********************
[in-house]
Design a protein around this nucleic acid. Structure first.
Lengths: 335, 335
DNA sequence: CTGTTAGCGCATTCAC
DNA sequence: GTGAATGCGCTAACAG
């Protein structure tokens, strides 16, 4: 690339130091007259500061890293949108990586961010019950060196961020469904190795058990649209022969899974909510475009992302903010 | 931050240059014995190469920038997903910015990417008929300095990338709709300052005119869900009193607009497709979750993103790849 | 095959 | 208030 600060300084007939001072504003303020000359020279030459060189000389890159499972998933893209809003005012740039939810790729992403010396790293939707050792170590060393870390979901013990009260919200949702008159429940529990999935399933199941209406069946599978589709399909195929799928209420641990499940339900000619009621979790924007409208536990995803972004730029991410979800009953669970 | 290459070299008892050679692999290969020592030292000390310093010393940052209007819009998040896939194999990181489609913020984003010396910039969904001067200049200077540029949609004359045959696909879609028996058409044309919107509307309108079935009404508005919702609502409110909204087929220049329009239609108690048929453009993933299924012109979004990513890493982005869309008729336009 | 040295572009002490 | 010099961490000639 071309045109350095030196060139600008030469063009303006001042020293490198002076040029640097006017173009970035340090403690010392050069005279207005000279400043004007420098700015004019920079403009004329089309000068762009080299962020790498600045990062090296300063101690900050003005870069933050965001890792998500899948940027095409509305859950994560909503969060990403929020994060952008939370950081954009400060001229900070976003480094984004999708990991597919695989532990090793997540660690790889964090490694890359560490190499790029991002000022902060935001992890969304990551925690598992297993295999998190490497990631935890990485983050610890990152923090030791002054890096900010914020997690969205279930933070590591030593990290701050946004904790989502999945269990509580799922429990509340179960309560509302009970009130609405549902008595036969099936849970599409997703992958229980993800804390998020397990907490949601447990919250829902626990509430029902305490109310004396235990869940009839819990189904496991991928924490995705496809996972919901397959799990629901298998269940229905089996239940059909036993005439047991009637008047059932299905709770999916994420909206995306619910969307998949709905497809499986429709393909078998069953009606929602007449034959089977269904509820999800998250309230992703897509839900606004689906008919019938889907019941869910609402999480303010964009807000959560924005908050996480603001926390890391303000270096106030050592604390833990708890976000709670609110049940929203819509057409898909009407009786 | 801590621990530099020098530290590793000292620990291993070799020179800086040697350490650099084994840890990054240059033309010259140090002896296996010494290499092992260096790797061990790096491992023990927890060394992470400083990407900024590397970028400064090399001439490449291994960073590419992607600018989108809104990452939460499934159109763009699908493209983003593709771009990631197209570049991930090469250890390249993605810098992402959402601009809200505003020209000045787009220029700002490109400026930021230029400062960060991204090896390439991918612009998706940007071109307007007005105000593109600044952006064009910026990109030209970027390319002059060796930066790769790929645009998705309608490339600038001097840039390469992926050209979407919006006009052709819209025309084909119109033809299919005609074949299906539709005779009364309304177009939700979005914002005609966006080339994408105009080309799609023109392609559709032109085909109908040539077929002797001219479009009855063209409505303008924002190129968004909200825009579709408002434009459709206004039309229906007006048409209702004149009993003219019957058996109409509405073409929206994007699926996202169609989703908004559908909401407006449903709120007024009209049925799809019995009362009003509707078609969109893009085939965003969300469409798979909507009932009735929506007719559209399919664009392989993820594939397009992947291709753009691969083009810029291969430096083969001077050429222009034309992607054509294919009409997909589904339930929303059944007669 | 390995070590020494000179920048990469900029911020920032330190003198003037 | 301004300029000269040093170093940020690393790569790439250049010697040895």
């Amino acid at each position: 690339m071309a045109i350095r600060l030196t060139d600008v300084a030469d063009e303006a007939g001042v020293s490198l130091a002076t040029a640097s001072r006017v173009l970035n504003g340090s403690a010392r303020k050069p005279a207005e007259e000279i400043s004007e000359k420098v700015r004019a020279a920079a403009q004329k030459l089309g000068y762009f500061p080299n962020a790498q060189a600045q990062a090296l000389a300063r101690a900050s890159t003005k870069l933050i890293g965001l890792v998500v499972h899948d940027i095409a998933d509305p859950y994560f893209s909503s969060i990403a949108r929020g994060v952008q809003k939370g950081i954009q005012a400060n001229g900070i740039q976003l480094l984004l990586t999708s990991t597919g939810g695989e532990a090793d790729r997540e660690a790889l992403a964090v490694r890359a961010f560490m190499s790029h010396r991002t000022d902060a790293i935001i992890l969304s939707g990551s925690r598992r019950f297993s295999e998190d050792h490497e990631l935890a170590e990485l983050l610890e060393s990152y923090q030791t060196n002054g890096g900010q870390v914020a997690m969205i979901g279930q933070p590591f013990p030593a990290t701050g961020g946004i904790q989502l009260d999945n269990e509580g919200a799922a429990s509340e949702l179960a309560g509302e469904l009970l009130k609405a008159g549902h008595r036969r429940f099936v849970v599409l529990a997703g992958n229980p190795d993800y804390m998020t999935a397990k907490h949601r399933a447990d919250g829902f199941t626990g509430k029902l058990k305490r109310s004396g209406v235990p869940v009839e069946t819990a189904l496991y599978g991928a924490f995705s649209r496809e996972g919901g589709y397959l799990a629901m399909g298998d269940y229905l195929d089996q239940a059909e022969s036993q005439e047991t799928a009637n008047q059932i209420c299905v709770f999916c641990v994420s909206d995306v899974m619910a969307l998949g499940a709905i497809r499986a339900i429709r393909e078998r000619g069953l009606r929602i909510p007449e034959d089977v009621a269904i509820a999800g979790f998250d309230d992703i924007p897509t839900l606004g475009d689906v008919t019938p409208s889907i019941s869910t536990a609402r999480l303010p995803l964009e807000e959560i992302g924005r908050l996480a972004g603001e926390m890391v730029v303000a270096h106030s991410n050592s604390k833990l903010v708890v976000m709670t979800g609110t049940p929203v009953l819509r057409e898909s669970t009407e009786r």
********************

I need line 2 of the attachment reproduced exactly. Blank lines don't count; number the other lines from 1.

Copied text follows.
Design a protein around this nucleic acid. Structure first.